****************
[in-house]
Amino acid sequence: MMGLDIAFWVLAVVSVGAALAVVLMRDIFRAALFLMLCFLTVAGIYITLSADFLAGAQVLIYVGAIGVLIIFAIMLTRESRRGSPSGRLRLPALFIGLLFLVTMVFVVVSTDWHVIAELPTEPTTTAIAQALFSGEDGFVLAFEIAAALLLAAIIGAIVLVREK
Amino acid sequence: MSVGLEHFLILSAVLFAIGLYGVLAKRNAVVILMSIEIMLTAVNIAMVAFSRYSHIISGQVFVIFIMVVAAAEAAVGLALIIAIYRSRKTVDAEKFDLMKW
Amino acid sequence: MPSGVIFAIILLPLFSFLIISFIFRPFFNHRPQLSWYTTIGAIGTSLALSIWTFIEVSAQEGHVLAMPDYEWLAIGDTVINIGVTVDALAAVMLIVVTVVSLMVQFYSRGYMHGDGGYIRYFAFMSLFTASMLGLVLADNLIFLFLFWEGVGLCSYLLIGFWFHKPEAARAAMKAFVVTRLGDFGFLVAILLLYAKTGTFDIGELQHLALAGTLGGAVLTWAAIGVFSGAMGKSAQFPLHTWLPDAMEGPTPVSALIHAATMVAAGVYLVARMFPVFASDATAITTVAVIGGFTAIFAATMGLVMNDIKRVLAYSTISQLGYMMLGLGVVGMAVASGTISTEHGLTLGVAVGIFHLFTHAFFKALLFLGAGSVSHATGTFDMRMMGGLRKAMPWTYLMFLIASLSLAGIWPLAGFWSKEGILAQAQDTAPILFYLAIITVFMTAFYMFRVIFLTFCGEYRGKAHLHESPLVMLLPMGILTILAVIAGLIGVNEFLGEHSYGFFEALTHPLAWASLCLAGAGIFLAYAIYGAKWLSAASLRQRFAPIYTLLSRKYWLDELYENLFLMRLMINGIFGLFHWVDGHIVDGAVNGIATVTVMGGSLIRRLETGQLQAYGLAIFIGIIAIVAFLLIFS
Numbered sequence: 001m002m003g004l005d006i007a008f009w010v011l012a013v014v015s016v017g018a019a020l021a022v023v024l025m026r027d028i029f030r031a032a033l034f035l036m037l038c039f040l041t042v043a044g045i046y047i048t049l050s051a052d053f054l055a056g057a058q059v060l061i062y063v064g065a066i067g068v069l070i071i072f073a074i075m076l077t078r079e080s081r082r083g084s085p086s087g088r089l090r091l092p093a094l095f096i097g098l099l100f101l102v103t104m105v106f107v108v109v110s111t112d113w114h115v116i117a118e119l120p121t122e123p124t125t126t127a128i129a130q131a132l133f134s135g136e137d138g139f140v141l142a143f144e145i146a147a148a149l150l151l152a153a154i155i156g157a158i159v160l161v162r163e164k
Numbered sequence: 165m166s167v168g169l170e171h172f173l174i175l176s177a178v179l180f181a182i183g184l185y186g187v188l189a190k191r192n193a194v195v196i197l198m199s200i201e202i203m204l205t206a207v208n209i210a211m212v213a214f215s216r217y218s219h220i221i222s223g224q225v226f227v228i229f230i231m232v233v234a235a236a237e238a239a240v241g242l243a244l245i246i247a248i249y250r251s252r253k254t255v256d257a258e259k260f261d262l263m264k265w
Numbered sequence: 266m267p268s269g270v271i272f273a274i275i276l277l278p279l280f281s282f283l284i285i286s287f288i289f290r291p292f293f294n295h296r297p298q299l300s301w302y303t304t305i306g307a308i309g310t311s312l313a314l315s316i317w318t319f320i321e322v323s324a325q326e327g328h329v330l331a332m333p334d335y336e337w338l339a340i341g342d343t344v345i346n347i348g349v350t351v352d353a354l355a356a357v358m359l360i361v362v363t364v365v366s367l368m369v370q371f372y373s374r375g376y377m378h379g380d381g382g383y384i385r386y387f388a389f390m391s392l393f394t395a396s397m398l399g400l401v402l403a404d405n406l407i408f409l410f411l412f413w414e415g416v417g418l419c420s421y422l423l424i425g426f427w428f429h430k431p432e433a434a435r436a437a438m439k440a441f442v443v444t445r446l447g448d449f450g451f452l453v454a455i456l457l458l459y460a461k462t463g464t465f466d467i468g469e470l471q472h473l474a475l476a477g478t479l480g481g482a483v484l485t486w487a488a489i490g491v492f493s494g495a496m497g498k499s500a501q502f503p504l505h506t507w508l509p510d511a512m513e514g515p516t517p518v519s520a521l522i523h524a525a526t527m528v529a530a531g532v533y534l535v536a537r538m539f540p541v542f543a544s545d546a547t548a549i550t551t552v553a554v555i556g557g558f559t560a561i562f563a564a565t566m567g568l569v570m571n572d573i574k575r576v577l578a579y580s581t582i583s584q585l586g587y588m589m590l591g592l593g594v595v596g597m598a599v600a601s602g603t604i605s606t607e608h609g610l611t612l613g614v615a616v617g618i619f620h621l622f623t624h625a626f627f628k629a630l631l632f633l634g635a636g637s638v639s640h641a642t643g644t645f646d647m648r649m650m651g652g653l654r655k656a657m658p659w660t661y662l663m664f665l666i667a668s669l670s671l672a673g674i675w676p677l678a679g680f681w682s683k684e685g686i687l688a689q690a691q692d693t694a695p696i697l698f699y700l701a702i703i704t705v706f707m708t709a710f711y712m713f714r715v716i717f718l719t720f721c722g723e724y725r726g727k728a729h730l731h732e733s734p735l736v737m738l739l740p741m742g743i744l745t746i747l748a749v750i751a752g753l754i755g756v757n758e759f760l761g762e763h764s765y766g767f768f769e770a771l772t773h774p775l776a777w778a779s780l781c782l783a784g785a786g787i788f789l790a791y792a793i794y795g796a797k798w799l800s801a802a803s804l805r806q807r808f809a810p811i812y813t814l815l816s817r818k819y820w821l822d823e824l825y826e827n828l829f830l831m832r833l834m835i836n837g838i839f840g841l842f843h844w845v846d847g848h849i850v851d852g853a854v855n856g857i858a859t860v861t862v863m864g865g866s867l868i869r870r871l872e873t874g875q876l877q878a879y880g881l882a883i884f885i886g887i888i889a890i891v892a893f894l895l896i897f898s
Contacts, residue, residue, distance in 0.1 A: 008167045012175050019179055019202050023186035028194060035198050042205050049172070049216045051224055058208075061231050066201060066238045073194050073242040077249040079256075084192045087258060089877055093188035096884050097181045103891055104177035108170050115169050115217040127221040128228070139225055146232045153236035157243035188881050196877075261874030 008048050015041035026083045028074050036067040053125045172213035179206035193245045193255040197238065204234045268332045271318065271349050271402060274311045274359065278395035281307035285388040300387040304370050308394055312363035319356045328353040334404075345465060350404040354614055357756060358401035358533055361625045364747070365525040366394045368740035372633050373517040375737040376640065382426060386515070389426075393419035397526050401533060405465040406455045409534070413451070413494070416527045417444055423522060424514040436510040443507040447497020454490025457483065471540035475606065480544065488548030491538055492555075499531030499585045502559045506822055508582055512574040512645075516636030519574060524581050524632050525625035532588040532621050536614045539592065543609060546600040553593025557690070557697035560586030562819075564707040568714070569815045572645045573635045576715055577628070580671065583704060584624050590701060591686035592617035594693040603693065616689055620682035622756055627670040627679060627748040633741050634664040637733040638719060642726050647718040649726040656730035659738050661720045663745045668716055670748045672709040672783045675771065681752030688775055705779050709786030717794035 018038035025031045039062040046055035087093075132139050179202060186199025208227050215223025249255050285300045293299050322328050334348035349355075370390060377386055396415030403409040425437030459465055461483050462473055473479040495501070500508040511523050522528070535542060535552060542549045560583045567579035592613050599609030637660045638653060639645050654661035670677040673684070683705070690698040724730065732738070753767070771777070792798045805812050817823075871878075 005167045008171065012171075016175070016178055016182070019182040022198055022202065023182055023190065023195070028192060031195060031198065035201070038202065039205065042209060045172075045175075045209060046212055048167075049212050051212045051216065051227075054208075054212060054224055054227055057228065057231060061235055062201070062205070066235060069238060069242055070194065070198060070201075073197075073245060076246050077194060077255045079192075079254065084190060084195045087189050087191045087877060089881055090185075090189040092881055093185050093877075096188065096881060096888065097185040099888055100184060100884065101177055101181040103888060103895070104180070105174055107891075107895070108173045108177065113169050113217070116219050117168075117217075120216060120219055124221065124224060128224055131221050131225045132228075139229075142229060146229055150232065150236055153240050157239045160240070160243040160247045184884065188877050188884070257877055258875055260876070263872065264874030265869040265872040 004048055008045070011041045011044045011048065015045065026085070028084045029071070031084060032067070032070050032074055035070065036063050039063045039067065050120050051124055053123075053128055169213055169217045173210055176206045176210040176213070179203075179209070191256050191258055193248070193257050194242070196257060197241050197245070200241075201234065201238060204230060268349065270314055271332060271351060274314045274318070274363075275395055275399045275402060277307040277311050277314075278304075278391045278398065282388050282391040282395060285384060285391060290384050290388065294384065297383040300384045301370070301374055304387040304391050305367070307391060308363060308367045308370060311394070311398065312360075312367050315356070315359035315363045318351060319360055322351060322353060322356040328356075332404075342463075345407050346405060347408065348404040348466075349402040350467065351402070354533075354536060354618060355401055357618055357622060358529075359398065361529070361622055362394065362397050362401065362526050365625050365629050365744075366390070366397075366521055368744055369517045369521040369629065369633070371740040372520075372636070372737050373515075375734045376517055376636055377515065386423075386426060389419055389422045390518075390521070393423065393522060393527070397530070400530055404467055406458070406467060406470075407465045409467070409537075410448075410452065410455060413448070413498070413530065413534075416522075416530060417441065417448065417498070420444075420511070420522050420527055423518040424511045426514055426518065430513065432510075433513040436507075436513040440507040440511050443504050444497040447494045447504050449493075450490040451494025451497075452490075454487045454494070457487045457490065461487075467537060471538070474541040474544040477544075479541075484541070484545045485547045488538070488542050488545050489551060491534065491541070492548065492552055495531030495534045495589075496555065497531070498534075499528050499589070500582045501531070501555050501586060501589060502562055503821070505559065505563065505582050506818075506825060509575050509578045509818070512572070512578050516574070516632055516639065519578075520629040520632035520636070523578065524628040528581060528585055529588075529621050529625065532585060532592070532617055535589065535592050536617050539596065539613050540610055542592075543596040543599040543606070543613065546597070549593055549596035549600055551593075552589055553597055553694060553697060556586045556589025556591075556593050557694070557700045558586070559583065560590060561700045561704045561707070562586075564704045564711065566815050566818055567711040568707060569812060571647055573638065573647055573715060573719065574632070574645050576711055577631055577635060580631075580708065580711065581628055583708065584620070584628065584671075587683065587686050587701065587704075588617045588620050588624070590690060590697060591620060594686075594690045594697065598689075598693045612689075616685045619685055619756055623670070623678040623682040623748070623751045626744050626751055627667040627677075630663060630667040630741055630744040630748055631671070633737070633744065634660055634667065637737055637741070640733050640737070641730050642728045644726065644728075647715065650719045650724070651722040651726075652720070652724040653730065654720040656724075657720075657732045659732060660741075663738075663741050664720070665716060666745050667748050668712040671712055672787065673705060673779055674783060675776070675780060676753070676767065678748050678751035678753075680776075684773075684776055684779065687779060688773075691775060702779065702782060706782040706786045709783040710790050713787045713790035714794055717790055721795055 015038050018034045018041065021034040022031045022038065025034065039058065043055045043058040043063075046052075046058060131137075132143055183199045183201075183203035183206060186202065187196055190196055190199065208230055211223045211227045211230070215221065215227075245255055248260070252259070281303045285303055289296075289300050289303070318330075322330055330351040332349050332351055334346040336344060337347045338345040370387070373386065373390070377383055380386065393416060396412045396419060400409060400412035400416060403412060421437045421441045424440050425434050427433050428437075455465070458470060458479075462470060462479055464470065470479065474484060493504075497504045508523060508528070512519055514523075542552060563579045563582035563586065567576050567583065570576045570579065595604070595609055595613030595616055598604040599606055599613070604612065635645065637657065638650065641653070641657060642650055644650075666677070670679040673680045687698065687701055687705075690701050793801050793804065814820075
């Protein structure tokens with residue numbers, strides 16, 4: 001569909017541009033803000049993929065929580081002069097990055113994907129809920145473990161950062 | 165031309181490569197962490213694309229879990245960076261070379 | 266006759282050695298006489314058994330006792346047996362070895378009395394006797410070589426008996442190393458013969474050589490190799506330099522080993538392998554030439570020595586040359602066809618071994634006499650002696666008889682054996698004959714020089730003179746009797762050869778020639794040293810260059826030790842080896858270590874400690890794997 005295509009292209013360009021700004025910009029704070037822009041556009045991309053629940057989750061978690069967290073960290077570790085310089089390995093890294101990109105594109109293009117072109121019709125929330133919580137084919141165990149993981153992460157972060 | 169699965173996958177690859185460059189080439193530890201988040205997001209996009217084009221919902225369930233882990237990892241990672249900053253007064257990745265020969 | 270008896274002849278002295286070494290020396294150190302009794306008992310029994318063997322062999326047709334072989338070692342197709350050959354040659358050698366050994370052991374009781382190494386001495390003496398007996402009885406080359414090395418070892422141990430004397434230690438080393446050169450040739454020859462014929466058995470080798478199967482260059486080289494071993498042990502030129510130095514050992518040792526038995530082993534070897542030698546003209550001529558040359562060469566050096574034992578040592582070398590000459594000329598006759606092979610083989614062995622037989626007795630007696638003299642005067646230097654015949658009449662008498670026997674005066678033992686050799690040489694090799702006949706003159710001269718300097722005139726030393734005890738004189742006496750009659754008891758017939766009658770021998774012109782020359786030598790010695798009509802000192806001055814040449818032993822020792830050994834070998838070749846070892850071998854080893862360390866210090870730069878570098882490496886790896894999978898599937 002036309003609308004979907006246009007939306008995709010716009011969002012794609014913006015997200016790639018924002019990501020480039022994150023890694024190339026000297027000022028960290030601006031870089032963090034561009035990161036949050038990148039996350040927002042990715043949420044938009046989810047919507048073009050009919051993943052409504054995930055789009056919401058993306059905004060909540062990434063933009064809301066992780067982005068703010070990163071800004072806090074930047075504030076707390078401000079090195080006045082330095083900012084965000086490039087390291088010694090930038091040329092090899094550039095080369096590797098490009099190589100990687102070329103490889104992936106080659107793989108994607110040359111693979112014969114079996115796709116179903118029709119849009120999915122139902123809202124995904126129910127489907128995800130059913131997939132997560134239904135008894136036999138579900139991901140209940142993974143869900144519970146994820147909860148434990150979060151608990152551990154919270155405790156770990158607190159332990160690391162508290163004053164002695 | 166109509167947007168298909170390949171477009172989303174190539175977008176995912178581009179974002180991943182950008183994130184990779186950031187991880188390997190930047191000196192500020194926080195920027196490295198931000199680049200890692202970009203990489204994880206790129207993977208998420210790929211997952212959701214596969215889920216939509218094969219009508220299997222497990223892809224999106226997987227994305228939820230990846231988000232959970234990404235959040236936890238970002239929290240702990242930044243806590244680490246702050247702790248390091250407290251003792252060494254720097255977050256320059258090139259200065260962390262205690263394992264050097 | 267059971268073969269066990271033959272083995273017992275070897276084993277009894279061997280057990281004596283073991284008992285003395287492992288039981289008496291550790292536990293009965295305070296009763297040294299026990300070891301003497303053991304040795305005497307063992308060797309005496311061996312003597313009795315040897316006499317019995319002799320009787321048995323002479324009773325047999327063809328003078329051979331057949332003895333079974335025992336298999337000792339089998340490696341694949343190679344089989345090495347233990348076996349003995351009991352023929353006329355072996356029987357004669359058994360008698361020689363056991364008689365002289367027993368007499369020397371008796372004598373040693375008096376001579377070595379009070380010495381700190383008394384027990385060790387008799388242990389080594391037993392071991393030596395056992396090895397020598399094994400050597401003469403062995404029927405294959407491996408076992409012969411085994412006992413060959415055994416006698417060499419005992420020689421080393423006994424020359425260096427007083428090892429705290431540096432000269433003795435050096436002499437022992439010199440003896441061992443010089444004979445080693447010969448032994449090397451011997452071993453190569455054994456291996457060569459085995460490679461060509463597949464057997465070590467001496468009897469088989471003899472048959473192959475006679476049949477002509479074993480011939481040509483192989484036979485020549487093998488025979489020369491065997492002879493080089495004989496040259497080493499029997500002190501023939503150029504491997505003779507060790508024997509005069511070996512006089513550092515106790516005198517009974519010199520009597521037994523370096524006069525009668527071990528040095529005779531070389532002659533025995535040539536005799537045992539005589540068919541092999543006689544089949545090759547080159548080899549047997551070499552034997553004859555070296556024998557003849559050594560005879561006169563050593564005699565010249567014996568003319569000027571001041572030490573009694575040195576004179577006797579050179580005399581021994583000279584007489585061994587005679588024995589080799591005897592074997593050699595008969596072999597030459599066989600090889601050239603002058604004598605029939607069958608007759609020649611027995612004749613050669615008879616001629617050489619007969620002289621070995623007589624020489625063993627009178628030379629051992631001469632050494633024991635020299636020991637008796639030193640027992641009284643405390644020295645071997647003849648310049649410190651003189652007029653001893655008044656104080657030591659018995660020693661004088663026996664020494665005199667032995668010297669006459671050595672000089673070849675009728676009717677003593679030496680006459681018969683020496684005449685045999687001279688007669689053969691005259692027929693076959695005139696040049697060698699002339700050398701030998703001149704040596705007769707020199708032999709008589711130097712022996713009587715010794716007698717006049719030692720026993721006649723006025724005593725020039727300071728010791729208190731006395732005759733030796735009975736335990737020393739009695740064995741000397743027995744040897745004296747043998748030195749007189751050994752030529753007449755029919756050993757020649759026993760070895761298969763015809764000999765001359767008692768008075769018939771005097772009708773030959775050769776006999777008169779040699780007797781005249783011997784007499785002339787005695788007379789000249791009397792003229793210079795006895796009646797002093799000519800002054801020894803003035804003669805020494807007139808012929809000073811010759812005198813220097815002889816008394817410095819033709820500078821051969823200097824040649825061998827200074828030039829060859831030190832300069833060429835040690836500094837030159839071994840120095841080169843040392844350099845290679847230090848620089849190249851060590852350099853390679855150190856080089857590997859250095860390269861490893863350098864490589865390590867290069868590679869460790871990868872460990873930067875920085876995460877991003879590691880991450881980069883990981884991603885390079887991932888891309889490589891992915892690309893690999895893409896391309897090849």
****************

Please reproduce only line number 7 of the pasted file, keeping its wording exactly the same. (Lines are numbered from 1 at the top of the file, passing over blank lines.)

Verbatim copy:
Numbered sequence: 266m267p268s269g270v271i272f273a274i275i276l277l278p279l280f281s282f283l284i285i286s287f288i289f290r291p292f293f294n295h296r297p298q299l300s301w302y303t304t305i306g307a308i309g310t311s312l313a314l315s316i317w318t319f320i321e322v323s324a325q326e327g328h329v330l331a332m333p334d335y336e337w338l339a340i341g342d343t344v345i346n347i348g349v350t351v352d353a354l355a356a357v358m359l360i361v362v363t364v365v366s367l368m369v370q371f372y373s374r375g376y377m378h379g380d381g382g383y384i385r386y387f388a389f390m391s392l393f394t395a396s397m398l399g400l401v402l403a404d405n406l407i408f409l410f411l412f413w414e415g416v417g418l419c420s421y422l423l424i425g426f427w428f429h430k431p432e433a434a435r436a437a438m439k440a441f442v443v444t445r446l447g448d449f450g451f452l453v454a455i456l457l458l459y460a461k462t463g464t465f466d467i468g469e470l471q472h473l474a475l476a477g478t479l480g481g482a483v484l485t486w487a488a489i490g491v492f493s494g495a496m497g498k499s500a501q502f503p504l505h506t507w508l509p510d511a512m513e514g515p516t517p518v519s520a521l522i523h524a525a526t527m528v529a530a531g532v533y534l535v536a537r538m539f540p541v542f543a544s545d546a547t548a549i550t551t552v553a554v555i556g557g558f559t560a561i562f563a564a565t566m567g568l569v570m571n572d573i574k575r576v577l578a579y580s581t582i583s584q585l586g587y588m589m590l591g592l593g594v595v596g597m598a599v600a601s602g603t604i605s606t607e608h609g610l611t612l613g614v615a616v617g618i619f620h621l622f623t624h625a626f627f628k629a630l631l632f633l634g635a636g637s638v639s640h641a642t643g644t645f646d647m648r649m650m651g652g653l654r655k656a657m658p659w660t661y662l663m664f665l666i667a668s669l670s671l672a673g674i675w676p677l678a679g680f681w682s683k684e685g686i687l688a689q690a691q692d693t694a695p696i697l698f699y700l701a702i703i704t705v706f707m708t709a710f711y712m713f714r715v716i717f718l719t720f721c722g723e724y725r726g727k728a729h730l731h732e733s734p735l736v737m738l739l740p741m742g743i744l745t746i747l748a749v750i751a752g753l754i755g756v757n758e759f760l761g762e763h764s765y766g767f768f769e770a771l772t773h774p775l776a777w778a779s780l781c782l783a784g785a786g787i788f789l790a791y792a793i794y795g796a797k798w799l800s801a802a803s804l805r806q807r808f809a810p811i812y813t814l815l816s817r818k819y820w821l822d823e824l825y826e827n828l829f830l831m832r833l834m835i836n837g838i839f840g841l842f843h844w845v846d847g848h849i850v851d852g853a854v855n856g857i858a859t860v861t862v863m864g865g866s867l868i869r870r871l872e873t874g875q876l877q878a879y880g881l882a883i884f885i886g887i888i889a890i891v892a893f894l895l896i897f898s